In many states, if you receive Supplemental Security Income (SSI), you’re automatically eligible for Medicaid, the government health care program for low-income people. Those benefits can provide a crucial lifeline, medically and financially, if you become unable to work because of an illness or injury. If you are able to return to work, your SSI payments could stop because of your earnings — but that might not mean losing Medicaid.
That’s because of a program called Medicaid While Working, one of several work incentives the Social Security Administration (SSA) offers to help people with disabilities transition back into the labor force. These policies allow some beneficiaries to test the workforce waters without immediately losing their benefits.
How income affects SSI
Social Security administers SSI, a safety-net benefit for older, blind and disabled people with limited financial means. To qualify, your “countable income” cannot exceed a strict cap set by the federal government and adjusted annually for inflation. In 2022, the federal limit is $841 a month for an individual and $1,261 per month for a married couple. (The caps can vary by state because most states offer additional payments to supplement federal SSI benefits.)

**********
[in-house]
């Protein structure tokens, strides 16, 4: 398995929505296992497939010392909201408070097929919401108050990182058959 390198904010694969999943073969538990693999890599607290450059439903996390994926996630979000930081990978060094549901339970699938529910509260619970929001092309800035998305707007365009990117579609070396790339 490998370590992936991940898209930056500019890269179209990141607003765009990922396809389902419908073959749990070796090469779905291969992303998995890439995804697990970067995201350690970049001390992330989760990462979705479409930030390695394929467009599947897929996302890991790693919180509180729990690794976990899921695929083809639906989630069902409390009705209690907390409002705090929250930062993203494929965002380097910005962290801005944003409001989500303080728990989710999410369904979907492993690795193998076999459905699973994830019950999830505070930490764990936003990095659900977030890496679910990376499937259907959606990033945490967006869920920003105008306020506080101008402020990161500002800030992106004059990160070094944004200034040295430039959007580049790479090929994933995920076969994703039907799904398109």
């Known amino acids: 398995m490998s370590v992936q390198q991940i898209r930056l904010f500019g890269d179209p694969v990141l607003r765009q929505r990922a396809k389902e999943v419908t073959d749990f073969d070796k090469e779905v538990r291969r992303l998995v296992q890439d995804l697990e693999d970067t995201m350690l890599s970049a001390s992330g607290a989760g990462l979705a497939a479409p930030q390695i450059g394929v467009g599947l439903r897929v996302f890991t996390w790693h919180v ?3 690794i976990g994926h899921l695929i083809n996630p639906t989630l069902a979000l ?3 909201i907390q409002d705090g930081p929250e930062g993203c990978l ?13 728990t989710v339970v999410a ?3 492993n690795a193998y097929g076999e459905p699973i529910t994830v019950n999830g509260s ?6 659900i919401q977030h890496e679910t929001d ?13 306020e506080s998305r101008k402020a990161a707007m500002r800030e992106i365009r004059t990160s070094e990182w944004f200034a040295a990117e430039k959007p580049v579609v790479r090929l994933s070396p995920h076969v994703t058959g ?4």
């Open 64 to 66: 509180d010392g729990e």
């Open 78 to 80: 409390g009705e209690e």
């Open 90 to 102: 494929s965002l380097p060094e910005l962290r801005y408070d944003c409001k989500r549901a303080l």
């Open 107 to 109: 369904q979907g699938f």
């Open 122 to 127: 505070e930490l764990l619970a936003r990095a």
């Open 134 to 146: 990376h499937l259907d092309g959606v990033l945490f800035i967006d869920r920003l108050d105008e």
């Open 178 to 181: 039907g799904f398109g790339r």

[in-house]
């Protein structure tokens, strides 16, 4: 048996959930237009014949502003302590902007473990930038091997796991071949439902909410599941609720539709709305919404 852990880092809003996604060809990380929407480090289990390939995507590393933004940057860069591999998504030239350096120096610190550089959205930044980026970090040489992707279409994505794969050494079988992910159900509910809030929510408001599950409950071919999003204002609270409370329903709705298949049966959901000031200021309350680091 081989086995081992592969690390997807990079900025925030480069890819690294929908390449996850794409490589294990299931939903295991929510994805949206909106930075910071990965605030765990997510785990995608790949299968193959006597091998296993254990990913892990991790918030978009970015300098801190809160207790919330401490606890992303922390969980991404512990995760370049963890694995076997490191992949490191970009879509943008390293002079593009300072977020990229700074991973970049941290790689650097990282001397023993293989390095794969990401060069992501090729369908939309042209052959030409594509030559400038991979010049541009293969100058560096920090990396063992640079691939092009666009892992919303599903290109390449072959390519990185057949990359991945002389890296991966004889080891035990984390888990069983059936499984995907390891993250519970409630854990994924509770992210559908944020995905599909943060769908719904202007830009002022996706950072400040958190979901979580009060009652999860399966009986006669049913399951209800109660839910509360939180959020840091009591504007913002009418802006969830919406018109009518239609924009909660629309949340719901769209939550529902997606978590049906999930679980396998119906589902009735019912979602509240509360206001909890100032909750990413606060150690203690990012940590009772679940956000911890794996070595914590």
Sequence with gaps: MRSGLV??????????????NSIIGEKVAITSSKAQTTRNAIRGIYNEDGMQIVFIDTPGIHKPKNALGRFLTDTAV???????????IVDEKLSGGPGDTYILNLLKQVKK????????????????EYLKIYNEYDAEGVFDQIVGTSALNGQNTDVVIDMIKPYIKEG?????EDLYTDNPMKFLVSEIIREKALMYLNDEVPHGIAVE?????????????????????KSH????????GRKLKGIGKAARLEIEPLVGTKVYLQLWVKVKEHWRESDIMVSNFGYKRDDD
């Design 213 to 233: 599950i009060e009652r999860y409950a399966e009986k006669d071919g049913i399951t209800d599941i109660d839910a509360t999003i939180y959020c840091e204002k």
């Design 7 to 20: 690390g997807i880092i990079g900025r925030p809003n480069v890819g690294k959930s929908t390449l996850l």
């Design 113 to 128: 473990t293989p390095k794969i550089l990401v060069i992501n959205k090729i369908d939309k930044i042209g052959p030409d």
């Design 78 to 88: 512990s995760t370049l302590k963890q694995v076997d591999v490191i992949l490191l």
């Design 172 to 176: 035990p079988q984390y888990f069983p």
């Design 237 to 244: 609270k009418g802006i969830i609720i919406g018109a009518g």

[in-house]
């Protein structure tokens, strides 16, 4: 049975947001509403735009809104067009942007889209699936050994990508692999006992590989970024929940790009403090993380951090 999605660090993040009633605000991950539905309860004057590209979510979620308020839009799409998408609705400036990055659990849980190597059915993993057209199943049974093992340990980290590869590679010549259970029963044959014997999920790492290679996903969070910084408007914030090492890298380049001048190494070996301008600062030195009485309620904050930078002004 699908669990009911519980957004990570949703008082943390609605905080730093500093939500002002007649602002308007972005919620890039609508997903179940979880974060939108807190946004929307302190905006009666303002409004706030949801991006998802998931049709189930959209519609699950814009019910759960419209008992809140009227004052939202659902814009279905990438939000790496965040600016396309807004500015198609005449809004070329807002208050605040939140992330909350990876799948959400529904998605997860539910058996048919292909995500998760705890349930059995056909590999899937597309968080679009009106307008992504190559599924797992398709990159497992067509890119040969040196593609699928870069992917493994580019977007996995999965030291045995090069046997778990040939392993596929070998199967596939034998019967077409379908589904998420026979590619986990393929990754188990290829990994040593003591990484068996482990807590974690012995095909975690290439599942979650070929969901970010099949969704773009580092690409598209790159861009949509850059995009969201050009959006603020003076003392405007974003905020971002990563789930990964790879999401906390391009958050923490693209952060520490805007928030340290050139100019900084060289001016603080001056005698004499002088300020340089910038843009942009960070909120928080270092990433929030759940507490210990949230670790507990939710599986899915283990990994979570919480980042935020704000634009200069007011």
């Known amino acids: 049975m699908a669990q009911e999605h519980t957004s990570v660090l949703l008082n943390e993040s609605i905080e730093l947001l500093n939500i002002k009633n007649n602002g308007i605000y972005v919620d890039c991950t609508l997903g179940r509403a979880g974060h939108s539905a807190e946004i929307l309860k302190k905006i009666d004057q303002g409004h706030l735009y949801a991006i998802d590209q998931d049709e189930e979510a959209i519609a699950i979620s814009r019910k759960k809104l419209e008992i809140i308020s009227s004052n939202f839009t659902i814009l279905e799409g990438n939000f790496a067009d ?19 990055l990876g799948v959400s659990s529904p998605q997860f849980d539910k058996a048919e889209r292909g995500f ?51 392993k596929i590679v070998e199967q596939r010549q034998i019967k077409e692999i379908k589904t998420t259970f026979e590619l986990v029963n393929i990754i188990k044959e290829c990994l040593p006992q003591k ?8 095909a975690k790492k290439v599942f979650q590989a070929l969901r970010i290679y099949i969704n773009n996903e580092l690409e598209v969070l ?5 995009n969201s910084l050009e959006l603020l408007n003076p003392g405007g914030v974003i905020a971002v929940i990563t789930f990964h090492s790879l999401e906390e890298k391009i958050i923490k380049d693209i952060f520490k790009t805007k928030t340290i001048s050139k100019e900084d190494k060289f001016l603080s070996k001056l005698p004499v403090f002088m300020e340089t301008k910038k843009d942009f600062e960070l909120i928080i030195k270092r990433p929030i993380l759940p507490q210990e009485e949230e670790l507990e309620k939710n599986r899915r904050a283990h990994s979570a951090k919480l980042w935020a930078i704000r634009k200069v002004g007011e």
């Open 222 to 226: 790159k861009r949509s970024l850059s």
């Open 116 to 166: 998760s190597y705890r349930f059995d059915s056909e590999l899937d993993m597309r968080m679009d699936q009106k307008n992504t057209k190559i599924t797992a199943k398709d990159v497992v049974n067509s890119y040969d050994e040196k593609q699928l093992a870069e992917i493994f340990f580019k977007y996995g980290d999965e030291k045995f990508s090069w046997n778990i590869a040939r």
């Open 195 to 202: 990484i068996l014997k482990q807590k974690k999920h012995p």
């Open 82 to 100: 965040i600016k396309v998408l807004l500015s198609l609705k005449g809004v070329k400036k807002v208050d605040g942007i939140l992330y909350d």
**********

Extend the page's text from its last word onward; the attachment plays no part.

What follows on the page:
Countable income includes a portion of your work earnings as well as money from other sources, such as investments, government benefits and cash aid from friends or family. Social Security can approve your application for SSI if your income is below the cap, but if it subsequently rises above the limit, you no longer qualify for monthly SSI payments.
However, even in this situation, Medicaid coverage that started as a result of you getting SSI can continue if you meet these criteria.
- You were eligible for SSI for at least a month.
- You still have the same medical condition that qualified you for SSI in the first place.
- You meet all SSI eligibility requirements outside of those involving income.
- You need Medicaid coverage in order to work.
- Your gross earnings from work are not enough to replace your SSI, Medicaid and any government-funded personal or attendant care (for example, assistance at work or paid home caregiving services) you would no longer receive.
Understanding the Medicaid threshold amount
To determine if someone is earning enough to replace their SSI and Medicaid benefits, the SSA uses a figure called the “threshold amount,” which is calculated from the average Medicaid expenses in that state and the income amount that would end SSI cash payments there.
Since both these figures vary by state, a threshold amount that ends your Medicaid coverage in one part of the country might not do so in another. For example, someone in Alabama who received SSI because of a disability but lost it due to income could earn up to $34,521 per year and keep Medicaid, but a person in the same situation in California could earn up to $54,082 without losing Medicaid.